Religious Persecution of Ahmadiyya Muslim Community
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Author: Sir Muhammad Zafarullah Khan
Description: This book provides a translation by Sir Muhammad Zafarullah Khan of the Riyad as-Salihin, literally "Gardens of the Rightous", written by the Syrian Shafi'i scholar Muhyi ad-din Abu Zakariyya' Yahya b. Sharaf an-Nawawi (1233-78), who was the author of a large number of legal and biographical work, including celebrated collection of forty well-known hadiths, the Kitab al-Arba'in (actually containing some forty three traditions.), much commented upon in the Muslim countries and translated into several European languages. His Riyad as-Salihin is a concise collection of traditions, which has been printed on various occasions, e.g. at Mecca and Cairo, but never before translated into a western language. Hence the present translation by Muhammad Zafarullah Khan will make available to those unversed in Arabic one of the most typical and widely-known collection of this type.
US$14.99 [Order]
The Author: Mujeeb-ur-Rehman
A chronicle and a critique of the legislative and the judicial events leading to a gradual denial and erosion of religious freedom to Ahmadis in Pakistan. This work is intended to provide an insight into the background of the Supreme Court judgment in the Ahmadis' case.
US$10. [Order]

Home Worldwide Indonesia January, 2011 Crowd bullies Ahmadi at trial…
Crowd bullies Ahmadi at trial, disrupts courtroom

Thu, 01/27/2011 11:02 AM
Crowd bullies Ahmadi at trial, disrupts courtroom
Hans David Tampubolon, The Jakarta Post, Jakarta

An elderly man was harassed by a rowdy mob on Wednesday as he testified in court about the destruction the property of Ahmadiyah followers in Ciampea, Bogor.

Mubarik Ahmadari came to the Cibinong District Court in Bogor on Wednesday to testify about the attack against his fellow Ahmadiyah members in October.

The 70-year-old man was greeted by more than 1,000 anti-Ahmadiyah protesters. Members of the crowd claimed to be residents of Ciampea who came to support the alleged arsonists on trial: Dede Novi, Aldi and Akbar.

The protesters jammed the courtroom. Many had to stand outside. Throughout the trial, unruly protesters in the courtroom were heard yelling, demanding that the judges drop all charges against the suspects and that the government disband Ahmadiyah.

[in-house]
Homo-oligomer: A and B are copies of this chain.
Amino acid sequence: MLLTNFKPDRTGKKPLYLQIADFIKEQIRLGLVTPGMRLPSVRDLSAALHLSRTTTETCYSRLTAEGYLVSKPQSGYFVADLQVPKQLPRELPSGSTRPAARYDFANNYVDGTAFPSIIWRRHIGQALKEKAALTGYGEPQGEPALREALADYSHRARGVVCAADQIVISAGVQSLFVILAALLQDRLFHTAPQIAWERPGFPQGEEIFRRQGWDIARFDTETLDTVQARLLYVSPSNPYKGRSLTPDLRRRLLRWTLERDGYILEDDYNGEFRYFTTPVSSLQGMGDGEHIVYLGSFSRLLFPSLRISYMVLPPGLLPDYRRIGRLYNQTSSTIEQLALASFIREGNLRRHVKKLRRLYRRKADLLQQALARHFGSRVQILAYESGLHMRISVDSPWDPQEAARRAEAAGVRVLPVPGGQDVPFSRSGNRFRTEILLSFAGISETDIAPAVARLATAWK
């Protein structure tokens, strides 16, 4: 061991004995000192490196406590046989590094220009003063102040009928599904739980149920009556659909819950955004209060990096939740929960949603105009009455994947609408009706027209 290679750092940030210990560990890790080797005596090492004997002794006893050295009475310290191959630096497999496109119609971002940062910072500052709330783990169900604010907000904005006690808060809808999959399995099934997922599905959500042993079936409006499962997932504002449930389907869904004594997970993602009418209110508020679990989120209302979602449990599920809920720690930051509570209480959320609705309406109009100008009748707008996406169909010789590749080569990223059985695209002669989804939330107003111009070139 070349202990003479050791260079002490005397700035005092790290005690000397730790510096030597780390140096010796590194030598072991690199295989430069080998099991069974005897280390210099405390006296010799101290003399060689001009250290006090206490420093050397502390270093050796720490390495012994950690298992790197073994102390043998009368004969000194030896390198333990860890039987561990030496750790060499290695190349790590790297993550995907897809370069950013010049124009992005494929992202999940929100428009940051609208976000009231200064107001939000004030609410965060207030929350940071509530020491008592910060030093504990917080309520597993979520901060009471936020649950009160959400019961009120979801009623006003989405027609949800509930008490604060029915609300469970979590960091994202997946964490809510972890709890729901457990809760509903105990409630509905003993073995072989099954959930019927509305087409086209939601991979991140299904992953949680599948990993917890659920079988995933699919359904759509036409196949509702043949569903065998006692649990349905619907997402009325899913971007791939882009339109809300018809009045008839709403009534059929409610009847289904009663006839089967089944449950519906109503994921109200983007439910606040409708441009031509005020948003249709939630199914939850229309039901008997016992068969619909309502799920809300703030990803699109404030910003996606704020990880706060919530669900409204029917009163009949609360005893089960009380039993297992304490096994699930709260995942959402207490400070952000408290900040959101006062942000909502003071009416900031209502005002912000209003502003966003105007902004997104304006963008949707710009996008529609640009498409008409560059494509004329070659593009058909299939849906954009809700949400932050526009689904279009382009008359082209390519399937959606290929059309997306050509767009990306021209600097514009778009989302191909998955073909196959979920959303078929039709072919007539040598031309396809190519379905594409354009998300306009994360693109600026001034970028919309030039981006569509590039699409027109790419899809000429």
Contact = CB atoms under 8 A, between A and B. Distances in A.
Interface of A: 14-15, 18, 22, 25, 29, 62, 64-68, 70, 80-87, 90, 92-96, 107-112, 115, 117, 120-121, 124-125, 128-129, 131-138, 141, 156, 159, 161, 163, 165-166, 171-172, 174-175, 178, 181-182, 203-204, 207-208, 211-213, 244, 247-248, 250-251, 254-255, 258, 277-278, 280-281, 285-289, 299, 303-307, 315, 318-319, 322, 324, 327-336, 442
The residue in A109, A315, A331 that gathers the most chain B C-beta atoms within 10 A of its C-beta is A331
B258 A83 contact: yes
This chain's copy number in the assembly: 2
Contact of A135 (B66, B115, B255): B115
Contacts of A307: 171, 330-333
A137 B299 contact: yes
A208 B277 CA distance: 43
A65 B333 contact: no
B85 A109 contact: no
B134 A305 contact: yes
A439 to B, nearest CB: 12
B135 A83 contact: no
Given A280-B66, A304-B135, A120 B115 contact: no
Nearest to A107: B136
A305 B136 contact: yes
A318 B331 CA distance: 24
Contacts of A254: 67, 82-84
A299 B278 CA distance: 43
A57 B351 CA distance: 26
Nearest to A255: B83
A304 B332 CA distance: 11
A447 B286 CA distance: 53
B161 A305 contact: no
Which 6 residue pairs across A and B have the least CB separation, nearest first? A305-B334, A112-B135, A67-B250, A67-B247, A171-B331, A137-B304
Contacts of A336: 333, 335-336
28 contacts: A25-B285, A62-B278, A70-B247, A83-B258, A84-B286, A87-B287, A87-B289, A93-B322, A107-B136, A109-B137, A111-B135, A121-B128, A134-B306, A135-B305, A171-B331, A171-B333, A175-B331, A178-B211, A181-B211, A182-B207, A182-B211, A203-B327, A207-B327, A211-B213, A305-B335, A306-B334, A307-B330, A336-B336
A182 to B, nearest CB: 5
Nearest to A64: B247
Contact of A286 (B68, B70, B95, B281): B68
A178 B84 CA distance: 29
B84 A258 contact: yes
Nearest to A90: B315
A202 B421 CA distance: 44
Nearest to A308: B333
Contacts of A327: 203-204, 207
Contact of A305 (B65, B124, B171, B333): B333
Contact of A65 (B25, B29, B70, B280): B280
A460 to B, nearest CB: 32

Despite the clamor, Mubarik remained calm and told the court a version of events that was vociferously rejected by onlookers. He seemed unfazed by the constant din of mockery and hate-filled comments directed at him.

However, even after giving his testimony, Mubarik found that his day was not over yet.

As Mubarik finished his testimony he went to exit the courtroom. Protesters blocked his path. Some stood at the doors. Others tried to grab him.

Police officers were there to protect the witness from what looked to be a potential savage beating at the angry rabble’s hands. After a brief scuffle, officers safely escorted Mubarik out of the courtroom.

Mubarik was one of four witnesses heard in Wednesday’s court session.

Around 20 people attacked Cisalada village in Ciampea in October, vandalizing and setting fire to the community’s mosque and the homes and vehicles of Ahmadiyah followers.

Hendardi, a human rights activist from the Setara Institute, said what happened to Mubarik was evidence that intolerance had become a dangerous disease in Indonesia.

“The fact that a man could be terrorized at a court of law is a horrific occurrence in the life of our nation,” Hendardi told The Jakarta Post over the telephone on Wednesday.

“This shows how the state is completely helpless in ensuring the basic human rights of its citizens,” he added.

Hendardi said that if the state continued to fail to impose strict punishment on violent fundamentalists, then violent acts, such as the those perpetrated on Mubarik and other Ahmadiyah followers, would continue.

Followers of Ahmadiyah have come under attack in recent years from Islamic hardliners who believe that the sect follows a heretical version Islam.

While the earliest recorded attacks against Ahmadis date to the early 1950s, it was not until 2005 that violence intensified dramatically.

In 2010 alone there were 10 recorded attacks against Ahmadis throughout the archipelago.

The government drew criticism from human rights activists for symbolically condoning violence against Ahmadis after Religious Affairs Minister Suryadharma Ali said that it would be better if the Ahmadiyah sect was “disbanded”. Suryadharma is also the chairman of the United Development Party (PPP), an Islamic-based political party.

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